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10 minutes ago, TopGunn#22 said:

You hit the nail on the head.  The biggest mistake was letting the Tigers out-bid them for Ed-Rod.  I think he's going to have a pretty good year.  The other mistake, failing with Ed-Rod who was signed very EARLY by the Tigers,  was not recognizing their mistake quickly and making a big push for Robbie Ray or at least signing someone like Jon Gray.  As I have pointed out numerous times and your article underscores:  The Twins should not be THAT far from competing for the Division Crown.  They were the two-time Division Winners in 2019 & 2020.  In 2021, absolutely everything that could have gone wrong, DID go wrong.  That's why this FO should be on the hot seat.  In their time in charge, they've had two off seasons where EVERYTHING went wrong.  That's not bad luck.  That's badly miscalculating.  That type of FO performance cannot be accepted.  

I am a little confused by the logic behind the statement that the FO should be blamed for everything went wrong that could go wrong.  It isn't their fault that Simmons refused vaccination, or injuries hit the team, or that players performed poorly.  If those factors were known ahead of time, they would have been addressed.  I am losing faith in the FO (just as most fans have) but I'm not about to blame them for things not in their control.

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I find the premise that a mid-rotation vet arm is inherently better than a rookie would be.  Yes, they have track records, but that never means success going forward, just longer track to look at.  You never know what the vet pitcher will actually do, sometimes they do better than expected, or they do much worse.  The assumption that they will do as projected and a rookie will be worse because they have less to work off of to me is a poor way to build a team.  At some point the rookies need to play.  Maybe all the people that expect the rotation to fail will be right, but maybe they will be wrong.  We are all just speculators based on limited information as outsiders to the organization.  The team still may make a trade or sign one of the few left. 

I hope all the posters remember how much money the they wanted the Twins to put into some of the pitchers this year and look in two years how they would feel having many of the guys that signed on the same contracts. I would bet they would look back and say hmm maybe it was good not to sign them.    

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Fully agree with mikelink45. Waiting for leftovers is NOT a winning strategy. (aka Shoemaker and Happ).

I just fully believe they never planned to add FA pitchers. Maybe a resign of Pineda and that'll be it. If no Pineda then they throw Bundy in with Ober, Ryan, Jax, Dobnak...... they are content to start the season with them and then dip into the minors pool of young arms to fill holes. Remember they said they want to be "competitive". That's not the same thing as winning a playoff game or World Series.

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None of us know what the FO is thinking as they prepare for 2022.  Have they had discussions with Team X and will pull the plug on an Odorizzi type trade after the lockout ends?  Are they near an agreement with Pineda that will be signed at that time?  Do they have reports that Maeda's recovery is ahead of schedule and he could/should be back by July 4th?  Add Pineda and a solid Odorizzi level starter together with the young guns and you have the making of a decent rotation.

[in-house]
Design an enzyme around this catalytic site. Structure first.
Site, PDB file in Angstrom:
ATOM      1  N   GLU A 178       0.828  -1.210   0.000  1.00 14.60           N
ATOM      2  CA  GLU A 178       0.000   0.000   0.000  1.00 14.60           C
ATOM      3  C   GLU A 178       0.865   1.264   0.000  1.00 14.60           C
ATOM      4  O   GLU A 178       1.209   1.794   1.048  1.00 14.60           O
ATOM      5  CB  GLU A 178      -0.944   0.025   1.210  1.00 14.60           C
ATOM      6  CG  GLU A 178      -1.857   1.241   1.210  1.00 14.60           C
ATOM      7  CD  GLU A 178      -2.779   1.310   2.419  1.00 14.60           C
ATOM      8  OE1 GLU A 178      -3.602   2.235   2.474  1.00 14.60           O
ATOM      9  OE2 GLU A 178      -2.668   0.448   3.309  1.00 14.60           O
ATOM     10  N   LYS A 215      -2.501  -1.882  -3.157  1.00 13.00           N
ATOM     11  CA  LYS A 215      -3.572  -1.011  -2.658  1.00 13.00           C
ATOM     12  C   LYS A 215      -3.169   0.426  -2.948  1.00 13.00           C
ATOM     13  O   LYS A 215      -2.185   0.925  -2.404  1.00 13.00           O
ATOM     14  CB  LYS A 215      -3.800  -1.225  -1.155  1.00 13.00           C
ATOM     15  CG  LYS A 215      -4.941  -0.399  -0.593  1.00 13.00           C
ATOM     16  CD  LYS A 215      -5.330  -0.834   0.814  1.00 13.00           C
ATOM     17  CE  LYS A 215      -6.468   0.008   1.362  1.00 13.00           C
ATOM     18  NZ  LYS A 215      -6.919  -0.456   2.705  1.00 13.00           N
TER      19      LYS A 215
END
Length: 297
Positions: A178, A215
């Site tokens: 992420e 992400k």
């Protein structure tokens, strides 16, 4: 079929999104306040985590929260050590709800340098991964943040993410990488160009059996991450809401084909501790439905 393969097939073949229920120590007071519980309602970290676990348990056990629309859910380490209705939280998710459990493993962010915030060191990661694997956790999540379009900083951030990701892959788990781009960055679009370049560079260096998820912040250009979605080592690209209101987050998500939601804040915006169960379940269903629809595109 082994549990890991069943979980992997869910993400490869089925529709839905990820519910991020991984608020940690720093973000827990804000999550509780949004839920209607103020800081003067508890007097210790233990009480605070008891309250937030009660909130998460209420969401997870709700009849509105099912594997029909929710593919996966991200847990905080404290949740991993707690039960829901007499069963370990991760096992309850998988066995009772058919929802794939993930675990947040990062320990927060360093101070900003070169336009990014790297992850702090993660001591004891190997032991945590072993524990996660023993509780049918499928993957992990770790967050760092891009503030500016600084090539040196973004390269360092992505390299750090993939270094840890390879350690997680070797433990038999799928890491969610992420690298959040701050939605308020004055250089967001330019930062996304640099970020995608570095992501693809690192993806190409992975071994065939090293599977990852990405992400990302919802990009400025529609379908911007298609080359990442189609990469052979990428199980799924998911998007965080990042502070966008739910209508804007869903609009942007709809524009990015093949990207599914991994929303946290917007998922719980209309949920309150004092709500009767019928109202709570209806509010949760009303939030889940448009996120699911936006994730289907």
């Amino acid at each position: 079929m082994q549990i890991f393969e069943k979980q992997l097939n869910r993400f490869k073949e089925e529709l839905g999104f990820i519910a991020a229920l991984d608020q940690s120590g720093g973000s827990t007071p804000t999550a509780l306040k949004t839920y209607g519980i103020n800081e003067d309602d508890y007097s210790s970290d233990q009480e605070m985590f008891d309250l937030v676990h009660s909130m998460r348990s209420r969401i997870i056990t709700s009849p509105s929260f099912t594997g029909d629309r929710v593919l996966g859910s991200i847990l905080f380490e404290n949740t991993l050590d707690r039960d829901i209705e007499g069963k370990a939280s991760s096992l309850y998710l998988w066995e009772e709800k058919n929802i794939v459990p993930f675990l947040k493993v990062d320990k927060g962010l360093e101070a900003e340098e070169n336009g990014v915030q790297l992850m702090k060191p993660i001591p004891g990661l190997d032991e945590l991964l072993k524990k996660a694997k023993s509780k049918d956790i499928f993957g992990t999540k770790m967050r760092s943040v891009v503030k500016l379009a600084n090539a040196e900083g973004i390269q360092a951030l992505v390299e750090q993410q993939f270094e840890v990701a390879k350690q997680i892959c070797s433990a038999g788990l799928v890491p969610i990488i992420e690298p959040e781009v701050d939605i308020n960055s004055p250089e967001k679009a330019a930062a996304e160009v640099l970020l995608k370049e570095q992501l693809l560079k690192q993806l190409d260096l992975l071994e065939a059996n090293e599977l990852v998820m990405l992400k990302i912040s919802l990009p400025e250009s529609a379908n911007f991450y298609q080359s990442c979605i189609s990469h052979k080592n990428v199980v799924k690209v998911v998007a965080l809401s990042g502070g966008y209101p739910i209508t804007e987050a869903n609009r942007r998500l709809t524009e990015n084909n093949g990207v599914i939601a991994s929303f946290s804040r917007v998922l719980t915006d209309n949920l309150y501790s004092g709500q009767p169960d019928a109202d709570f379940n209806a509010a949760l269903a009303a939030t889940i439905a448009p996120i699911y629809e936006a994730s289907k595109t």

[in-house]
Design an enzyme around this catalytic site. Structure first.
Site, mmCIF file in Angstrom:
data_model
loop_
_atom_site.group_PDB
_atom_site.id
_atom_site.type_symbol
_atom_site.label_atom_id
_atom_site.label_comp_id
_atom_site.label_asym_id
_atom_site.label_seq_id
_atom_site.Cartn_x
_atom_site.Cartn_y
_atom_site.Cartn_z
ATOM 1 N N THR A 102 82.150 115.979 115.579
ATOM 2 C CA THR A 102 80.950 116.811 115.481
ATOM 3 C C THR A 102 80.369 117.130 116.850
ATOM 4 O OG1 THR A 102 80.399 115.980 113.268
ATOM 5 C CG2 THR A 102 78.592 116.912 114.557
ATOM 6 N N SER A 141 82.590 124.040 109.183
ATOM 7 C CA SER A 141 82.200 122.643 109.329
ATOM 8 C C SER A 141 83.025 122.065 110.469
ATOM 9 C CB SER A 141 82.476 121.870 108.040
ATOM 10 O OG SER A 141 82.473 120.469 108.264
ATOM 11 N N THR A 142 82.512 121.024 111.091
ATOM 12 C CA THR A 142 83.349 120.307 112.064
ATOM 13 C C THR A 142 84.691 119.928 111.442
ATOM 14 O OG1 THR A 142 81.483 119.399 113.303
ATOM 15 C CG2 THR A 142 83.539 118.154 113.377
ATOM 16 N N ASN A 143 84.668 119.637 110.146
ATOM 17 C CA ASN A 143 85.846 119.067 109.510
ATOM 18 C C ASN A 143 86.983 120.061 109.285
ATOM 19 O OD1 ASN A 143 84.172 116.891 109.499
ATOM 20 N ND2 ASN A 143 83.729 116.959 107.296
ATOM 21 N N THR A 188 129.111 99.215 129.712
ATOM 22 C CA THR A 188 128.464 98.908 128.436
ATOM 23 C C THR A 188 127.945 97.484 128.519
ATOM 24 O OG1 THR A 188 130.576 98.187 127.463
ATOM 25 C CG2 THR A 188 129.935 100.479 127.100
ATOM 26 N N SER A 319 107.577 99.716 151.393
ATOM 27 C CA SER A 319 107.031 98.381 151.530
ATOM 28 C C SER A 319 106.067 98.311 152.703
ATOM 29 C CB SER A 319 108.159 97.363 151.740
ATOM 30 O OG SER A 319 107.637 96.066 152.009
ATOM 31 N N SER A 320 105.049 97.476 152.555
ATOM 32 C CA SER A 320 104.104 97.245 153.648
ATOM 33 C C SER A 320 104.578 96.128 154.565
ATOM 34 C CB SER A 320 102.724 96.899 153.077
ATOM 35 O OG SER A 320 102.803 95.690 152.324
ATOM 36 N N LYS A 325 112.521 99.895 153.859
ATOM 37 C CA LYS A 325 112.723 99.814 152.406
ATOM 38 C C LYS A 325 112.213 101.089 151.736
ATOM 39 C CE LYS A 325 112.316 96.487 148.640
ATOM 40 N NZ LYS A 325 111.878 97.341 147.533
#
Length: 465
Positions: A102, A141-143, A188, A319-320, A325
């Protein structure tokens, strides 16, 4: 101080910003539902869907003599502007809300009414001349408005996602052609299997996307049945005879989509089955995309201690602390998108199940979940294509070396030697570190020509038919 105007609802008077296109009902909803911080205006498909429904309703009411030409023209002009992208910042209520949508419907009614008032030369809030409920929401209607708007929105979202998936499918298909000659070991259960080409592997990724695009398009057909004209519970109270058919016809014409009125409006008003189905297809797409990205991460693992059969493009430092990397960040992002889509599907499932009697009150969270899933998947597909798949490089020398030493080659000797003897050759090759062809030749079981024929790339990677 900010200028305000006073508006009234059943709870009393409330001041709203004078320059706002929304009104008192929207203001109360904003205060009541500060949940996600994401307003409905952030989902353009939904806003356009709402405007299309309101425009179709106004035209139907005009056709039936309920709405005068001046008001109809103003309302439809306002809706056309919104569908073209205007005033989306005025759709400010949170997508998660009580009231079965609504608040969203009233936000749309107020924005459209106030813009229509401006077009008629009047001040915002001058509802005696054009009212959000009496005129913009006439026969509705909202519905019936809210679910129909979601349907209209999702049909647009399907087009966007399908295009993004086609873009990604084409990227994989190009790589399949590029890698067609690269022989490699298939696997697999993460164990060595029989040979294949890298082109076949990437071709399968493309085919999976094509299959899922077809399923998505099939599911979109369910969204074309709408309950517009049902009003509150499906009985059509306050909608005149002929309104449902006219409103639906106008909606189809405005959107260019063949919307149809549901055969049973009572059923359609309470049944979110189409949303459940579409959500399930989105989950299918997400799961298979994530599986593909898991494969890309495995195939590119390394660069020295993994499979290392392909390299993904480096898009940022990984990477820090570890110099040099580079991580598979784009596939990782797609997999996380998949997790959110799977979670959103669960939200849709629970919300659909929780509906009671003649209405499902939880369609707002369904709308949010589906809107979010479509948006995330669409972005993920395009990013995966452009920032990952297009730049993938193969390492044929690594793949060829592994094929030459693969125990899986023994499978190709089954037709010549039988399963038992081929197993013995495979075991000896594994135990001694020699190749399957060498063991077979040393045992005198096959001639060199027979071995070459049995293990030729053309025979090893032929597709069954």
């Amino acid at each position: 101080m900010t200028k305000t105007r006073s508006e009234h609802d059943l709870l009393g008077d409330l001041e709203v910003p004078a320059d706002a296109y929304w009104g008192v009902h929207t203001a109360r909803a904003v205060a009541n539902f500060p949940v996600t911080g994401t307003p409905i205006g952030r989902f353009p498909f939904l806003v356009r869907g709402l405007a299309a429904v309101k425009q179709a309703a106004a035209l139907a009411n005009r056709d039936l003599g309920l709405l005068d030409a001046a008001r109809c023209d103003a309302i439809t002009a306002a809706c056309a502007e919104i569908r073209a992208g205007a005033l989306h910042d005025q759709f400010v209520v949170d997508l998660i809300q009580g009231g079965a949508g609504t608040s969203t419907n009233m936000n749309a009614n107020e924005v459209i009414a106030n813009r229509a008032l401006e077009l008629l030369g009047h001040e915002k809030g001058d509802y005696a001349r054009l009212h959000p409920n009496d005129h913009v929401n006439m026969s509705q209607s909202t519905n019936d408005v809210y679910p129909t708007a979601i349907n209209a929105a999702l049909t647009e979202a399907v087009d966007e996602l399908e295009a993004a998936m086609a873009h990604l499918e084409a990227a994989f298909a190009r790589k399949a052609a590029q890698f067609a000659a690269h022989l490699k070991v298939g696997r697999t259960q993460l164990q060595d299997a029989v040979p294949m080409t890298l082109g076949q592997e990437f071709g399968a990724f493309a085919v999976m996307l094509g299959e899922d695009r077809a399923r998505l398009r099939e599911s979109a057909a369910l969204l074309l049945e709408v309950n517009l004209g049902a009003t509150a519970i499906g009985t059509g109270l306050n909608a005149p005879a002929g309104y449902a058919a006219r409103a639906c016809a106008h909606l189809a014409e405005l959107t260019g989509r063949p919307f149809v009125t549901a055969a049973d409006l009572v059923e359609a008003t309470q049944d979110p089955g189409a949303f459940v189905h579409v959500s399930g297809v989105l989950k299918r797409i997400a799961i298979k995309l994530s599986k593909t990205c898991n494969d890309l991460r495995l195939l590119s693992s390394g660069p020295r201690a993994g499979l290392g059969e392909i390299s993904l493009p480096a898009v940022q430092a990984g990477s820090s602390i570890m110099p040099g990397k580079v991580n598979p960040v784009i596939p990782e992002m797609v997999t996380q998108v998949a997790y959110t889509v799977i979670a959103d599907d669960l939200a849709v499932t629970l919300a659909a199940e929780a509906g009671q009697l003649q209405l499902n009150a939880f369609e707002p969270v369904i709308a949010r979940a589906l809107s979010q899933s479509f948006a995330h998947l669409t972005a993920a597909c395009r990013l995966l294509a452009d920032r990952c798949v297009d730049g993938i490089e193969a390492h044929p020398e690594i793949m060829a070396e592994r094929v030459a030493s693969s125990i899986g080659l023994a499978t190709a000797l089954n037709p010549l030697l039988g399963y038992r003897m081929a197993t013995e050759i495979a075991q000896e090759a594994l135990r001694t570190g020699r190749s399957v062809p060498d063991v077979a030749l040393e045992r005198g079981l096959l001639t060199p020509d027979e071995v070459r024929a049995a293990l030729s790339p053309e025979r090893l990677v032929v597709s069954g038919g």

Are they planning on piggy backing young arms for a couple spots in the rotation?  Considering the innings most of the kids threw last year, that could make sense.

So many posts, including this one, blame the Twins FO for doing little prior to the lockout.  It seems many of you think they went out for dinner or drinking in early November and failed to get back to work prior to December.  I doubt that was the case.  The truth is that we don't know what their plan is, although likely have one.  Not doing what most of us would like, isn't necessarily a failure.

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It does not make sense to me to insist they made a mistake or they are waiting a year unless you can provide examples of below average revenue  teams that went deep in the playoffs the year after adding the 3 SPs via trade/ free agency or a combination therefore of with 2 of those spots being the top of their rotation.  Lots of insistence here that the appropriate strategy was obvious but not a single example of when it was successful.  For every example provided of top free agents or trades for top SPs, I will come up with 3 success stories where the team was primarily built on players they drafted or traded for before they were established performers at the MLB level.  It's not a mistake to follow the best practices.

Let's see some examples of below ave Rev teams that built pitching staffs through trading for established SPs and/or signing  top free agents.  

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I'm not a fan of this FO but I can't believe they are done addressing pitching yet. They must have a trade in store. We have 30+ years of Pohlad ownership so I'll never blame the FO on payroll issues, which is what I think is stopping them from going after many of these arms. Falvey was hired to build a pitching pipeline, not rely on free agents. That's exactly why the Pohlad's hired him. We'll see if he can create one.

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1 hour ago, RJA said:

Interesting analysis, Jamie.  I agree 100% that the biggest mistake the FO has made this offseason is not dipping into the free agent pitching market.  Maybe they will make a trade, but why not sign a good arm in free agency when it costs nothing in prospect capital?  If they signed Wood, for example, they could then trade for a Montas type pitcher, sign Pineda and have a decent rotation which would only get better if one of the young guys is ready this spring.